They have come from Bihar to study in Bhopal. Back home they are supporters of Nitish Kumar, the chief minister.
"There are power stations in every district of the country. Power generation is where jobs are available aplenty. As we are a country with power shortages, we will always be in demand."
Confident words, in a world reeling under recession and job insecurity.
Though they study in a private college they say they paid no capital fees. Two years ago, students paid capitation fees to get admission, but now that system no longer stands, they add.
"We all got admission through counseling."
The fees at their college is higher than government colleges, but it is still affordable. The boys had come out early in the morning to have tea at the local tea stall. They browsed through local Hindi newspapers to be aware of current affairs.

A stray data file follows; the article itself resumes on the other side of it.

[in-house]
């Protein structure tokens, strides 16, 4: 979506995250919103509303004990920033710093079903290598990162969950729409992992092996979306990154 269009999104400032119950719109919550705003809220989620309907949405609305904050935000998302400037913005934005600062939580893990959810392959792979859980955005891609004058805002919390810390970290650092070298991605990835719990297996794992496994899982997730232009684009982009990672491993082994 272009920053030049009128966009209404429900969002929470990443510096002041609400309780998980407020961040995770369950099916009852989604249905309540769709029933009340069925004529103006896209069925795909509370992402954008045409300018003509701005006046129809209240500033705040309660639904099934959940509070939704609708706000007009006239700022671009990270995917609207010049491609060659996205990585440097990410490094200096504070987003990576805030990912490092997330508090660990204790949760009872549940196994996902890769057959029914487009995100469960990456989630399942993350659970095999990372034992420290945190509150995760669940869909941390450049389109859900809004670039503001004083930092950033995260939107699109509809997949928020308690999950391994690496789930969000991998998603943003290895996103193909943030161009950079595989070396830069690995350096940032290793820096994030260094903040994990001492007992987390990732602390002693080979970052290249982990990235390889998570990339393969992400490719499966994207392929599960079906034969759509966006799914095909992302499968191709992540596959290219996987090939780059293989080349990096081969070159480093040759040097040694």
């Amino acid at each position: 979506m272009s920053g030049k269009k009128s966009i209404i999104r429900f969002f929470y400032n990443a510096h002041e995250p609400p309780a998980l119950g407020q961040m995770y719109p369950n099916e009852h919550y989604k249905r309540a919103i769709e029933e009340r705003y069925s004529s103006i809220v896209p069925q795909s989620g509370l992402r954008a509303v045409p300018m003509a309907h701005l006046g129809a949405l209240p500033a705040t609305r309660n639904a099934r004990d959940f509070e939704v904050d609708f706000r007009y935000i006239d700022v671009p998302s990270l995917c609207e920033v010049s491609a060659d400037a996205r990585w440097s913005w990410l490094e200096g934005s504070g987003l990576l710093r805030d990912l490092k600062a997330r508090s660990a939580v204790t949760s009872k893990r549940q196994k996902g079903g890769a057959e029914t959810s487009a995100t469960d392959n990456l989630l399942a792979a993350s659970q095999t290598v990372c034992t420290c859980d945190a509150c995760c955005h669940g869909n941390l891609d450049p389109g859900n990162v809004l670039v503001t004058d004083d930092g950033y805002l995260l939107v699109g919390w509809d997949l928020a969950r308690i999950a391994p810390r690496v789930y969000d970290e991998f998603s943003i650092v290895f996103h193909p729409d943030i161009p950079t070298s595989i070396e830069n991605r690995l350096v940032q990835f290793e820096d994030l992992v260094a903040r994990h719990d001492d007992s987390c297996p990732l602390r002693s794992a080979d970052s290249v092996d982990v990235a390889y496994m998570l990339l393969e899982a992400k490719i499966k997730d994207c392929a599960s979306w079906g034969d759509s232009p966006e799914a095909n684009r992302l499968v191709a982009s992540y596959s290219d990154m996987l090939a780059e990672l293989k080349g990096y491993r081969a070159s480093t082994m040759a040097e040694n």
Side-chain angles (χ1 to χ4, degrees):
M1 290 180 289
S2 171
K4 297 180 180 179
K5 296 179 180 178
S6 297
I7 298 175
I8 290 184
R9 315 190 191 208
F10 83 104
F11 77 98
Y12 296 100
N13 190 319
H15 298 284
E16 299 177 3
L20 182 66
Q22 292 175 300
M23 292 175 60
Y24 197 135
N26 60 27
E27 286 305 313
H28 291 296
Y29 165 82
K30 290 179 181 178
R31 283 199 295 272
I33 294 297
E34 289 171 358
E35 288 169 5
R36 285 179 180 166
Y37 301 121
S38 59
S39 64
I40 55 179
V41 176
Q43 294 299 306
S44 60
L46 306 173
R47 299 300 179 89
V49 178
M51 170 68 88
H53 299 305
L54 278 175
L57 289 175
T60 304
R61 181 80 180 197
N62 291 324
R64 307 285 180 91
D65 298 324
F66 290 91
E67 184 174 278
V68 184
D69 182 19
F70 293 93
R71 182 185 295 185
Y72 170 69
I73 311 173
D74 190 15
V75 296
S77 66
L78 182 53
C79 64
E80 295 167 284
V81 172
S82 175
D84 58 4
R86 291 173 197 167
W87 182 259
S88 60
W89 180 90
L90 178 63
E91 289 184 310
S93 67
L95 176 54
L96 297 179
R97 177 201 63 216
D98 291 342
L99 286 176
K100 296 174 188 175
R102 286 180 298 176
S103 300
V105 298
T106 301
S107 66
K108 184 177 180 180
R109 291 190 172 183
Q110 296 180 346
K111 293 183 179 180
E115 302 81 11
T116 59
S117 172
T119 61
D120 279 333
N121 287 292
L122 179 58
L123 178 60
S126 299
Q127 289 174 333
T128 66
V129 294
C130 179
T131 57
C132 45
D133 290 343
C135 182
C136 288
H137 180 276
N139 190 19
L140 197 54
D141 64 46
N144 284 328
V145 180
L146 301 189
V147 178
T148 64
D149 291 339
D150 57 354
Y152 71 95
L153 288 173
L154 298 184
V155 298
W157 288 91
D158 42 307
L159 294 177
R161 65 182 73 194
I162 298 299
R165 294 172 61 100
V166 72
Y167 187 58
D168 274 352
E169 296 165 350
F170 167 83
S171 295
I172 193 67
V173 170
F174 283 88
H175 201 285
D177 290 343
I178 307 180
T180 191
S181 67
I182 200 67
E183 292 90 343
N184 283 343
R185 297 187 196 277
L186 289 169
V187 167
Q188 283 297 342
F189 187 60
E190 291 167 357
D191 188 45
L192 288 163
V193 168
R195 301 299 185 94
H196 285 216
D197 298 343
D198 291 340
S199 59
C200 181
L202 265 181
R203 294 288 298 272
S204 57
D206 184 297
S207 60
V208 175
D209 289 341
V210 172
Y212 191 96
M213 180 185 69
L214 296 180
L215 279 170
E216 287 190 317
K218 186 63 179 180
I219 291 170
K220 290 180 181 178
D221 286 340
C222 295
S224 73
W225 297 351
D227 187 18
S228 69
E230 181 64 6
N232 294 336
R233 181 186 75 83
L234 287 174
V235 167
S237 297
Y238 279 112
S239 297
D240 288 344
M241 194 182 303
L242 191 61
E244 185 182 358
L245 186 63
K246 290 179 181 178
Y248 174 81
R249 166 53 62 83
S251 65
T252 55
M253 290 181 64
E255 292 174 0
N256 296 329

"Here, candidates spend more money on television ads than on banners, posters or flags. All local television channels have 'Meet your candidate' programmes and the parties use that medium to canvass for votes."
"Candidates meet voters only in the evening when it is less hot and also when people are at home. Campaigning will reach a frenzy in the last two days. Most people decide whom they will vote for the day the candidates are announced. Canvassing is only for the 15 per cent who vote for a new party every election."
The boys don't plan to work abroad or even elsewhere in the country.
"We will get jobs in Bihar. There are power stations and new power plants will come up. The nuclear deal has made it easy for us. Earlier, we had to see the availability of water for hydropower, coal and diesel for thermal power. That is why the nuclear deal is so important for us."
Romesh Ojha, Nagmanit Tiwari, Vikas Kumar and Praveen Singh have a future that is bright for them and will brighten the country.
Left to right: Romesh Ojha, Nagmanit Tiwari, Vikas Kumar and Praveen Singh. Photograph: A Ganesh Nadar